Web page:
Police are trying to re-connect with residents in their communities and provide more personal service through community policing. The key to this kind of law enforcement is getting more involved, being more visible and earning the trust of residents through your actions.
In Herculaneum, Missouri police created a program called R-U-OKAY. Police asked elderly residents in the small town if they would like to get regular calls and visits from officers. Nineteen people signed up for the program. It may not fit the traditional definition of community policing, but it's very effective, especially in a close-knit town with little violent crime.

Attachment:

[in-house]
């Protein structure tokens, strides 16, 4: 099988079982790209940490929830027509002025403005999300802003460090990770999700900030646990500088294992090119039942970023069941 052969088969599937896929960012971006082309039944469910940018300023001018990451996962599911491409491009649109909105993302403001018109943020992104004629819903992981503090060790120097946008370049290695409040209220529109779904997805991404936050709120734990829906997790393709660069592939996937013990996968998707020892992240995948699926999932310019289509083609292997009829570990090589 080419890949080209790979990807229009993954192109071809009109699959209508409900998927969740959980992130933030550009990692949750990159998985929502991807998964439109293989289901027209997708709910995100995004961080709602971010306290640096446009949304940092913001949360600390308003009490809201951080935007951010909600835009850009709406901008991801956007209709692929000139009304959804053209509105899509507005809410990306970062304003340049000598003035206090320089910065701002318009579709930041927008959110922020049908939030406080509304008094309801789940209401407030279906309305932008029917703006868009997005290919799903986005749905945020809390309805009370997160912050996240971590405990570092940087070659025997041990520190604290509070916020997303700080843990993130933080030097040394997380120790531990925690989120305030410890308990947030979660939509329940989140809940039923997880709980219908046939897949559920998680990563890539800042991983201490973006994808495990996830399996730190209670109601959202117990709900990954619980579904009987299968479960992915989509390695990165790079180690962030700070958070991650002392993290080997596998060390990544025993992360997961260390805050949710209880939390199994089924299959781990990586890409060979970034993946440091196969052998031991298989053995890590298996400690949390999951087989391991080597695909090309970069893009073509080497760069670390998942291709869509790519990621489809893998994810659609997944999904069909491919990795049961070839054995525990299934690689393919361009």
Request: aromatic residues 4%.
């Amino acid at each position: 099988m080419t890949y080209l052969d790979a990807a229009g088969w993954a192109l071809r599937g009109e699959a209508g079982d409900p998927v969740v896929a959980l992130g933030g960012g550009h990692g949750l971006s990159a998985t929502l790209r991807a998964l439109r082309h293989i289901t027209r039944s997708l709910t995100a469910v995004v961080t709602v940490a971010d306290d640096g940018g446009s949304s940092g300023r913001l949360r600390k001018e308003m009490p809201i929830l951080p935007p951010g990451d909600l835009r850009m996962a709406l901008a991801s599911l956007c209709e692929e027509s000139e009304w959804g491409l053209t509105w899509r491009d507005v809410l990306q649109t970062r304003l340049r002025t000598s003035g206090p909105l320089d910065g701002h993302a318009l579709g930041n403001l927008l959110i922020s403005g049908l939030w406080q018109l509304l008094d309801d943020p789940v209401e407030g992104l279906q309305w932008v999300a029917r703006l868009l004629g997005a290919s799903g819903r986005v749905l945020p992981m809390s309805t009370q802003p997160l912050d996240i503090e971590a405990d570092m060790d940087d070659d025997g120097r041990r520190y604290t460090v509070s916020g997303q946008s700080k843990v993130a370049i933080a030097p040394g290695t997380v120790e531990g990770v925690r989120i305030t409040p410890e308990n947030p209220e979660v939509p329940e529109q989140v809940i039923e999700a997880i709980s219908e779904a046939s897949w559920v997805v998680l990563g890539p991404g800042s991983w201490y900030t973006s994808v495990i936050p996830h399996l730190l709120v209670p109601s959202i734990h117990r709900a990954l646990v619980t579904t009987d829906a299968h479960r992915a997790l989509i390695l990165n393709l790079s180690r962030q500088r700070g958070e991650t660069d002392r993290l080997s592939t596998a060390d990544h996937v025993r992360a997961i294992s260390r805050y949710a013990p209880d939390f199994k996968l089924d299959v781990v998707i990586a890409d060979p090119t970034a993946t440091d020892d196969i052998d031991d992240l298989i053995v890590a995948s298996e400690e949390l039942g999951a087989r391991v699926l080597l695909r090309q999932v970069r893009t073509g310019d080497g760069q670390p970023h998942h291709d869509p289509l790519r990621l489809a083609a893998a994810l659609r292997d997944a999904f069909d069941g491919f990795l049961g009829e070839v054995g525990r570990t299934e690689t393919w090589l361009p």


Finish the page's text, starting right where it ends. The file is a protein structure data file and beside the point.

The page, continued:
Joy Urban, an eighty year old widow, suggested we do a story about the program. She told me that "it means a lot to have someone who cares that much for you."
Police Chief Chris Pigg told me officers are there to protect and serve, adding that service is critical.
I agree. It may not be reasonable in cities with shrinking budgets and high crime, but it works in Herculaneum, and it could work in many other communities where the police department's responsibility to serve is considered just as important as its need to protect.